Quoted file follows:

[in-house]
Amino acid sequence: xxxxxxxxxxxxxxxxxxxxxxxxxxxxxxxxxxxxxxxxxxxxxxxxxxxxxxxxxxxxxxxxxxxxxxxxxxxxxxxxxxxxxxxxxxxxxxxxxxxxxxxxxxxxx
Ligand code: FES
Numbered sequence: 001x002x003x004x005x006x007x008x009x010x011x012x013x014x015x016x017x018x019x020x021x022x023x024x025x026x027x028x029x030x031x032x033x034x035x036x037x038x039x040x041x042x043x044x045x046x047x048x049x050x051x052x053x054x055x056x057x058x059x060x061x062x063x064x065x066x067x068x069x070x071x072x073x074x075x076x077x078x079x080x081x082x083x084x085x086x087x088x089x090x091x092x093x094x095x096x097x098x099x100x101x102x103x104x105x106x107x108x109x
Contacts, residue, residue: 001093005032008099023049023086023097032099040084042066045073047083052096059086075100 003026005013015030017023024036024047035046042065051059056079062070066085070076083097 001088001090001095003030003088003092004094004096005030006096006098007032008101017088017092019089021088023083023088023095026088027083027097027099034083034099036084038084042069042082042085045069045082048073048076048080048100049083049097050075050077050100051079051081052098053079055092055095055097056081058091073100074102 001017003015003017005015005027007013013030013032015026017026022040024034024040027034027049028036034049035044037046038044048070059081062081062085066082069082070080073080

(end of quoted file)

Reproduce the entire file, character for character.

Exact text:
[in-house]
Amino acid sequence: xxxxxxxxxxxxxxxxxxxxxxxxxxxxxxxxxxxxxxxxxxxxxxxxxxxxxxxxxxxxxxxxxxxxxxxxxxxxxxxxxxxxxxxxxxxxxxxxxxxxxxxxxxxxx
Ligand code: FES
Numbered sequence: 001x002x003x004x005x006x007x008x009x010x011x012x013x014x015x016x017x018x019x020x021x022x023x024x025x026x027x028x029x030x031x032x033x034x035x036x037x038x039x040x041x042x043x044x045x046x047x048x049x050x051x052x053x054x055x056x057x058x059x060x061x062x063x064x065x066x067x068x069x070x071x072x073x074x075x076x077x078x079x080x081x082x083x084x085x086x087x088x089x090x091x092x093x094x095x096x097x098x099x100x101x102x103x104x105x106x107x108x109x
Contacts, residue, residue: 001093005032008099023049023086023097032099040084042066045073047083052096059086075100 003026005013015030017023024036024047035046042065051059056079062070066085070076083097 001088001090001095003030003088003092004094004096005030006096006098007032008101017088017092019089021088023083023088023095026088027083027097027099034083034099036084038084042069042082042085045069045082048073048076048080048100049083049097050075050077050100051079051081052098053079055092055095055097056081058091073100074102 001017003015003017005015005027007013013030013032015026017026022040024034024040027034027049028036034049035044037046038044048070059081062081062085066082069082070080073080